SSI’s Romal Baluchzada is looking forward to another year supporting and advocating for refugees and people seeking asylum, after last year receiving one of the not-for-profit sector’s top accolades for his work in this area.
Mr Baluchzada took out the top spot on Pro Bono Australia’s 2016 Impact 25 – a list of the most influential figures in the social sector as decided by more than 18,500 votes.
"It was quite surprising for me that I made the list and it really gave me a lot of energy to focus and give more to the community," he said. "Seeing the people that have been on the list in previous years, they’re all so influential. For example, our CEO Violet Roumeliotis, Rosie Batty, Tim Costello, Penny Wong – they’re all such great and well-known people."
Mr Baluchzada works as a team leader in SSI’s Humanitarian Support Services program and is in the process of completing his masters in human services. It was his experience of coming to Australia as a new migrant that inspired him to achieve everything he has.
In Afghanistan Mr Baluchzada was a qualified engineer but upon migrating to Australia in August 2010 to join his wife, Khadija, he discovered that no employers recognised his overseas qualifications and experience.
"I got a job as a traffic controller, and on my first day, I worked a 12-hour shift," he said. "I was standing the whole time, I didn’t get breaks and wasn’t able to stop to eat properly, so it was exhausting. When I went home that night, I was disappointed. Back home, I was well established and recognised.
"On that night, I said to myself, 'Romal, you can do it – you can prove yourself, you can build yourself again, and you will contribute in positive changes in Australian society'. That’s why I decided to move forward. I started researching more about my passion for human rights, and I found that Australia is a country full of opportunities.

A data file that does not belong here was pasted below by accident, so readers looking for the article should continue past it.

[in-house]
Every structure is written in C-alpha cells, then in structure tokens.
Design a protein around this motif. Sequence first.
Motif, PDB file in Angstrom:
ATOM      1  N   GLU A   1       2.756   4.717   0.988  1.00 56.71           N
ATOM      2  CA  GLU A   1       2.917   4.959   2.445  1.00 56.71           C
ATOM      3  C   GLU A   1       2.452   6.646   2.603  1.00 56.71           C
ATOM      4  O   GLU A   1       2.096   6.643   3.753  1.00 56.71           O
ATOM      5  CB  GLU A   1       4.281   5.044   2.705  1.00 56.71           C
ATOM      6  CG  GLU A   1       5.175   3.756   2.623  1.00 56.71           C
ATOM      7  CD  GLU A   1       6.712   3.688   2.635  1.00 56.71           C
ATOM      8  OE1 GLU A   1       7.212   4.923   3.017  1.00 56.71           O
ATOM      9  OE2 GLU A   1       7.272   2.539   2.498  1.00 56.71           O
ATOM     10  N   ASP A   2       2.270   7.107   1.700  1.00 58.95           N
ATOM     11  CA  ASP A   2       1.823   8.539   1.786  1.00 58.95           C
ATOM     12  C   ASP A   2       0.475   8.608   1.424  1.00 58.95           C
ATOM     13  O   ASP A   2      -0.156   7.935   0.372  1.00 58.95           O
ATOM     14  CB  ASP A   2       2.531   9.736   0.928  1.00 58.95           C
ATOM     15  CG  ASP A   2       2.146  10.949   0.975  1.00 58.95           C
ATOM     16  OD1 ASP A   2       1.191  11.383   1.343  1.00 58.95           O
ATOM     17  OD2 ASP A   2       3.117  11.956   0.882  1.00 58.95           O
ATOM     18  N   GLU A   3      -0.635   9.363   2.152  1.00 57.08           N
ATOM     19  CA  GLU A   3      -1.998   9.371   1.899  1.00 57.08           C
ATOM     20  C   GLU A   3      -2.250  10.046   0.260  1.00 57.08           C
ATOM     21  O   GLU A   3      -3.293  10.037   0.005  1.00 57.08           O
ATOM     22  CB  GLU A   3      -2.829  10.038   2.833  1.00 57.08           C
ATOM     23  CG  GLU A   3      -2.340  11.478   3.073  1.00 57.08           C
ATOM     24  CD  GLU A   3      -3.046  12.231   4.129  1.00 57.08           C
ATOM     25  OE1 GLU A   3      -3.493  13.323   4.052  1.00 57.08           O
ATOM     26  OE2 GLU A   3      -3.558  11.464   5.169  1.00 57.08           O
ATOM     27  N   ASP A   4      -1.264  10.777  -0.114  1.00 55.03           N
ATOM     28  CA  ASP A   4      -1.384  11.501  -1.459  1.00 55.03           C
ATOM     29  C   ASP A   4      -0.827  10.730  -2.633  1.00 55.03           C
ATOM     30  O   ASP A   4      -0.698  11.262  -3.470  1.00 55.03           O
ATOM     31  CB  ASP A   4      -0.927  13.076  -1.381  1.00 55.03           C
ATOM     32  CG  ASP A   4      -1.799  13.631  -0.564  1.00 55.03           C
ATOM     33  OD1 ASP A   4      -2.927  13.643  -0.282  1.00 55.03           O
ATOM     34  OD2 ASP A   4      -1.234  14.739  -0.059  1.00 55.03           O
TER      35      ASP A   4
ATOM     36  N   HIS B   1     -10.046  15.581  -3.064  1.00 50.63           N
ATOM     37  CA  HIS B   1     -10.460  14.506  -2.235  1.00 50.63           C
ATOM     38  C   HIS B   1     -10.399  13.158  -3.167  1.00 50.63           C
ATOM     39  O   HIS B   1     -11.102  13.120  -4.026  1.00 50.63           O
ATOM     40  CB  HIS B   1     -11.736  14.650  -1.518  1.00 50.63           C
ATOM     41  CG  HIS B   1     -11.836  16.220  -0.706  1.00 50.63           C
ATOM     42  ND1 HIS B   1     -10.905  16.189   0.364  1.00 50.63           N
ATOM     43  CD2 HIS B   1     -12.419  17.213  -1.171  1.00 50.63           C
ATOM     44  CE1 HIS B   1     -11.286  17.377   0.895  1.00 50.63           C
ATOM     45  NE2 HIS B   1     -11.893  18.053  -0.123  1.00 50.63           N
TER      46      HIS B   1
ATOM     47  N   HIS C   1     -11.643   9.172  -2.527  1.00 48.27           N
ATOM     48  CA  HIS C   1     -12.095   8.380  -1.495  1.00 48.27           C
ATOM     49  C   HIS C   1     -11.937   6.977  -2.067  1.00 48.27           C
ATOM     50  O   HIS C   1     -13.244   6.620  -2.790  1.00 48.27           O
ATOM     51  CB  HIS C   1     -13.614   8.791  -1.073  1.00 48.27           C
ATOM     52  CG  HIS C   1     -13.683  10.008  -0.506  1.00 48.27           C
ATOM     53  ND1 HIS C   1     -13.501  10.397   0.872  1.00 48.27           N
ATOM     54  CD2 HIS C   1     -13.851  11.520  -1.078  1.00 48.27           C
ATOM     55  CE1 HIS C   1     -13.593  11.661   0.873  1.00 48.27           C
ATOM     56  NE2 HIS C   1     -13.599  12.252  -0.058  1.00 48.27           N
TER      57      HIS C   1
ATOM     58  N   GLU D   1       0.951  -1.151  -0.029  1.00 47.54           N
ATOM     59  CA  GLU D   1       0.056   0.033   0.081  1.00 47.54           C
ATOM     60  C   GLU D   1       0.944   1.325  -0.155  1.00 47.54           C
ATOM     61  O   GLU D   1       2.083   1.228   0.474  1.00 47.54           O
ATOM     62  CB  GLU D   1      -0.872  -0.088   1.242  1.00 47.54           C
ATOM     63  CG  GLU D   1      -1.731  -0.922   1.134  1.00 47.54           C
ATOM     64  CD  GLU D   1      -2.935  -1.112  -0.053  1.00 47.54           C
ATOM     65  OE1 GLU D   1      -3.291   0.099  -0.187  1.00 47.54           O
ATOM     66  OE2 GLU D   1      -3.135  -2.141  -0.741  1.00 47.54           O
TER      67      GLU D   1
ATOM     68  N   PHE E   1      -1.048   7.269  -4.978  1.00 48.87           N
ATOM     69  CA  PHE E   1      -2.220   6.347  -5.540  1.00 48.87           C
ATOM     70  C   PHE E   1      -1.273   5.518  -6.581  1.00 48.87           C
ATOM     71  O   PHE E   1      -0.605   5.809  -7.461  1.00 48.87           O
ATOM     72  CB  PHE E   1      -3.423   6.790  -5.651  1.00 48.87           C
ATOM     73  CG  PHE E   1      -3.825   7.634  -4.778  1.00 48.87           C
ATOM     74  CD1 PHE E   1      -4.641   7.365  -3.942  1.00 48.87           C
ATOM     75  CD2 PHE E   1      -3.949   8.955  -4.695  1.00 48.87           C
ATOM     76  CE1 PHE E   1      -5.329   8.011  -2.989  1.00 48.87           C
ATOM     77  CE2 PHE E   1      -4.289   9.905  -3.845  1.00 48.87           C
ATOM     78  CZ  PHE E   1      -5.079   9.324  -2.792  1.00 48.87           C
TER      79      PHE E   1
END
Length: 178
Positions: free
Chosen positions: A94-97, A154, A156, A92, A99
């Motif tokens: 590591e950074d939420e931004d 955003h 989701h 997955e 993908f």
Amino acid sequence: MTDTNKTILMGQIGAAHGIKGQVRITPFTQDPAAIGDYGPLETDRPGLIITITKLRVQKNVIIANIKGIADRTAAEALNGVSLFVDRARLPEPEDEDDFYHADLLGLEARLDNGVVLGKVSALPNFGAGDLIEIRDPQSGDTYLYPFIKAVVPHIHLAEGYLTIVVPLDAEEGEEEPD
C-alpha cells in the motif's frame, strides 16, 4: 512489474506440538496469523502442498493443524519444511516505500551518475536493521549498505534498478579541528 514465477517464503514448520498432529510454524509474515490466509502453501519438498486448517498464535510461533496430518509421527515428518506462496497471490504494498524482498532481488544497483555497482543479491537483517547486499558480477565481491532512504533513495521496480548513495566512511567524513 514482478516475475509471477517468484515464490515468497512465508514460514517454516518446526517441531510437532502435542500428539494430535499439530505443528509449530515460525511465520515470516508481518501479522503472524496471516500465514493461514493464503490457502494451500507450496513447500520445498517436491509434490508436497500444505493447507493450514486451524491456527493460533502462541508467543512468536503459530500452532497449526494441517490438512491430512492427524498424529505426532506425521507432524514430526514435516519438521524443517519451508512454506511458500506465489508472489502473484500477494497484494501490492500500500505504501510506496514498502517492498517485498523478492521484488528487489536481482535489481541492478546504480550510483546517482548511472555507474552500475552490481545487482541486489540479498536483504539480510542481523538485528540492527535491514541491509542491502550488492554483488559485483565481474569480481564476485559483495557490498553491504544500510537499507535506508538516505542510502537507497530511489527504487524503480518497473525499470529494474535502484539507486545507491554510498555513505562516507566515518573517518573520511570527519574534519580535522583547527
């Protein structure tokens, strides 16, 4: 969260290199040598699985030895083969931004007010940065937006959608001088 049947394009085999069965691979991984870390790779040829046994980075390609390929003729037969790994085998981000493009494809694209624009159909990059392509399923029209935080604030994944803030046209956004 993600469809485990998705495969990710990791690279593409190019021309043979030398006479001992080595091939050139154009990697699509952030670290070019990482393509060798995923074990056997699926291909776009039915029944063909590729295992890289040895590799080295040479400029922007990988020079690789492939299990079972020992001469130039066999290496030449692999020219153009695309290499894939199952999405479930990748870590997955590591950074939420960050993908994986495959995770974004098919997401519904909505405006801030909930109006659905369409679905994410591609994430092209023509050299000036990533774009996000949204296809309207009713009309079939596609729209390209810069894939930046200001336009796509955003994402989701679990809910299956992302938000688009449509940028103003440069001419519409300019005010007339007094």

"I decided to change my career because I wanted to put aside resolving mathematical issues and come to resolving social issues.
"Fortunately, I found SSI. I applied and began working as a bilingual guide in 2011. SSI has given me the opportunity and recognised my strengths, experience and abilities."
Mr Baluchzada was soon promoted to a case manager and then a team leader. At the same time, he completed a diploma in community services, then one in case management, before moving on to university, where he acquired a degree in human services and began his masters.
"I’m inspired by all the frustration and the challenges I faced coming here," he said. "I don’t want other people who come to Australia with qualifications to give up. They shouldn’t just rely on labouring and government benefits. I want to inspire and encourage those people, and to share my experience."
Not content with devoting his professional life to supporting vulnerable communities, Mr Baluchzada also began a radio show on 2SER where he discussed human rights and ways to engage the community in discussions about them.
"For refugees and migrants, I really want to inspire them, I really want to give them energy and show that Australia is a country full of opportunities but it depends on how individuals use those opportunity," he said.
"SSI is a wonderful organisation that creates a lot of opportunities for everyone. I would like to thank my CEO, my program manager, and my coordinators, because they are the ones that really supported me in every step. They guided me. I also want to convey my appreciation to all HSS team members. They are doing an amazing job.
"I believe that this award that has been given to me belongs to all my colleagues and all my friends. I don’t want to accept this as an individual achievement because I didn’t get the achievement by myself. It was all as a team, all my organisation, all my friends and my family."